You want to write a factually accurate family history, but you want it to be interesting. You are facing a conundrum that confronts many genealogists when the decide to turn their research into a book. There are rules to follow to insure that your book is factually accurate. The best guideline is the one created by the Board of Certification for Genealogists in its Genealogical Proof Standard which advises:
We are in Tucson, Arizona this weekend for the Tucson Festival of Books. It’s always a great event. One of the topics I know we’ll be discussing with authors is e-books. It seems like everybody wants their book in digital format. If you are making decisions about the best publishing format for your book – e-book, print book or both – here are some things to consider.
If you are an author aiming for commercial success you must approach your book as a business person would. Your book is, after all, a product you wish to sell. One of the first questions to consider is, how have similar books done in the marketplace? Michael Larsen, a partner in Larsen-Pomada Literary Agents wrote in Katherine Sands’ excellent book Making the Perfect Pitch: “The moment you have an exciting idea for a book… • Check the competition • Make yourself an expert on your subject by reading the most important competitive books and browsing through others.”
The draft of the book you plan to self-publish is finished. Your beta readers have offered good feedback on the book’s content. You have revised and edited the manuscript until it’s as polished as you can make it. You are ready to send the files off to the printer. But wait! It needs a thorough careful copy edit before it goes anywhere. “Copyediting is what turns an amateurish book into a polished, professional one,” says bestselling author Guy Kawasaki in his new book on self-publishing, APE: How to Publish a Book...Here are seven ideas that will improve your copy editing.
Who will edit the manuscript for your self-published book? If you haven’t thought about the question you should. There were 347,178 new print books published in 2011, the last year for which complete figures are available. With ebooks added the number probably approaches half a million. How will your book stand out from that torrent of others? You might begin to answer that question by thinking about a slogan Ford used in its advertising a few years ago, Quality is Job One! How will you assure that your manuscript is of the highest quality it can be? The simple answer is, make sure it is well-edited.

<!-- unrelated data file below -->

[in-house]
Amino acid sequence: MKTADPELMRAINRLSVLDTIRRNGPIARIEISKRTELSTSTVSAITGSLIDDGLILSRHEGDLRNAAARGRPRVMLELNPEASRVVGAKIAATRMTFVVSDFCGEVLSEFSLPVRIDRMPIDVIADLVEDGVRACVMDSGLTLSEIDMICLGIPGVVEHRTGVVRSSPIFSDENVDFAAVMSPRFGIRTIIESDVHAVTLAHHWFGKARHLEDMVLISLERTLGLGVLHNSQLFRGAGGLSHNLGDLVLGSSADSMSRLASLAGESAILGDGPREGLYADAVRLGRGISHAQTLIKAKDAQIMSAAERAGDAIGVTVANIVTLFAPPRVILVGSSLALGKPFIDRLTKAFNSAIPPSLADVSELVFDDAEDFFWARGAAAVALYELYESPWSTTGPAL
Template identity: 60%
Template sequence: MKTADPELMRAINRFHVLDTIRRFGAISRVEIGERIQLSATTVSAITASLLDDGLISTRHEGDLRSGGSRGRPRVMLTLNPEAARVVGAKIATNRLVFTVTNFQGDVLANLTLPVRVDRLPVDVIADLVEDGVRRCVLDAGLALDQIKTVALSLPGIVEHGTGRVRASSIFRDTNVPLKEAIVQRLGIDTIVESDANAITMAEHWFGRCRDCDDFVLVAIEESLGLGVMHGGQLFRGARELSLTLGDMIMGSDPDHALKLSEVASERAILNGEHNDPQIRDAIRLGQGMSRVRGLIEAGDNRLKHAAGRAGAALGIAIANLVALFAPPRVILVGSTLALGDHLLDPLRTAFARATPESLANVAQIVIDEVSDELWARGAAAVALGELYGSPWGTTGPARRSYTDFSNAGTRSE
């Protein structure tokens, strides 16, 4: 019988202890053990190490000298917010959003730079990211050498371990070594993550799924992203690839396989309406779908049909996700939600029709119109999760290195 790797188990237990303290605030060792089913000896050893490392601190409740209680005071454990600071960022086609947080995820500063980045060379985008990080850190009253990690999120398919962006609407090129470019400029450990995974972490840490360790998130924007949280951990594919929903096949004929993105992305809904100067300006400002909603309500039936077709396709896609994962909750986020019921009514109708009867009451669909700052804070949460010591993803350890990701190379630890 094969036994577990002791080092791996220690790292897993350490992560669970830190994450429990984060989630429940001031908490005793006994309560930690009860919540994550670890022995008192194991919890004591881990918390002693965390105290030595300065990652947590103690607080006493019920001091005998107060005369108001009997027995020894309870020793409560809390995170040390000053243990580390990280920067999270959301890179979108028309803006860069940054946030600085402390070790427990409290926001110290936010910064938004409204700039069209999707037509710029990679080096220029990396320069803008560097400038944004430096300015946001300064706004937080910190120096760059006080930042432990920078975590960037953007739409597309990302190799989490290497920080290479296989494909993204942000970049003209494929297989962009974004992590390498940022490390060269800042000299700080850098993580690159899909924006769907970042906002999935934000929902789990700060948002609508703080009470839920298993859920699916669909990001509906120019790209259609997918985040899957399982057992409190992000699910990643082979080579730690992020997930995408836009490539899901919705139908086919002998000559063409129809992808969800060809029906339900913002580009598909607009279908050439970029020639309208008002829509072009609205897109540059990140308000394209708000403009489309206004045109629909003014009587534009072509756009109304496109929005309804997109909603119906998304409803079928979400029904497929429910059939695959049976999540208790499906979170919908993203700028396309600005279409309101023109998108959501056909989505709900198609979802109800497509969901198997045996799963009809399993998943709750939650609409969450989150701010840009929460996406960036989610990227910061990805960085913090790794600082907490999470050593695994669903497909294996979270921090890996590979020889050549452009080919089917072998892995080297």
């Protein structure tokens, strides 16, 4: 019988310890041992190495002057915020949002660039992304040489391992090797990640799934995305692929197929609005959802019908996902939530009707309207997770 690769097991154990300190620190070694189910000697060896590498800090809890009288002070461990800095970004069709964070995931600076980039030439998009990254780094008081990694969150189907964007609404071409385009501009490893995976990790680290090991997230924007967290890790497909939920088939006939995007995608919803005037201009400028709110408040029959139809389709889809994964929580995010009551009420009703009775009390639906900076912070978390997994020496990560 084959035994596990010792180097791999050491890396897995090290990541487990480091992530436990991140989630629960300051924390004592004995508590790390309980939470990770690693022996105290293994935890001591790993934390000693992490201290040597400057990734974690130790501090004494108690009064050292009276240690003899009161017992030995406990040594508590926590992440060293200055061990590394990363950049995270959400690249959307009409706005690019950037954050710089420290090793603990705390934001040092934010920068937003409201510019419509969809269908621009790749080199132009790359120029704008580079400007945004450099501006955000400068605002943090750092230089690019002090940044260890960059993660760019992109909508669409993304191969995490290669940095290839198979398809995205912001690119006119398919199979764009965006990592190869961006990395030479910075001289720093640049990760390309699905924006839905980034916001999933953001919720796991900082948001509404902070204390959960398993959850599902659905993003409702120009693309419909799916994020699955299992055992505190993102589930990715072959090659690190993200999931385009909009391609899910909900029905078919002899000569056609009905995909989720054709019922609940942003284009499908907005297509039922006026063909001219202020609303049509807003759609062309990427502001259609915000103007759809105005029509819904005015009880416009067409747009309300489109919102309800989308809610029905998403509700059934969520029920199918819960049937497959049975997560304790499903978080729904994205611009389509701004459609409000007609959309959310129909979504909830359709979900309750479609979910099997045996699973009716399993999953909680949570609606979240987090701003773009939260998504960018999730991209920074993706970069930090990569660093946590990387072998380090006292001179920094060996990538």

You have had an interesting life; maybe dramatic, maybe traumatic, maybe even tragic. You want to share it with a large audience in a memoir. To be successful you will ultimately have to confront what Richard Gilbert, in his blog Narrative, calls “the ‘so what’ dilemma.” No matter how remarkable the life story you have to tell, Gilbert explains, your reader will be likely to filter your experience through a series of questions, “’So what?’ That is, why should we care about your life? Why should we care what you think?” The paramount quality which makes a memoir great is not the uniqueness of the incidents it recounts, but the depth of the insights it draws from them.
Print books are going away in record numbers, but not in the way you think. In fact, Bowker Research’s 2012 Report on Print Book Publishing indicated that print titles published rose 6% to 347,178 in 2011 with another 1.1 million published titles of reprinted public domain works. That’s a lot of books. Reporter Claire Lawton of the Phoenix New Times in an article titled Disappearing Ink investigated what happened to those books when no one wants to read them any longer. It’s a fascinating piece.
You are finishing a book, or maybe have already finished one. You have heard a lot about the growing popularity of self-publishing and think that might be a good way to get your book out there. What should you do? Begin by asking two important questions regarding the self-publishing process. 1. Do you want your book to be truly self-published? 2. Who will own the rights to your book and the files used to create it?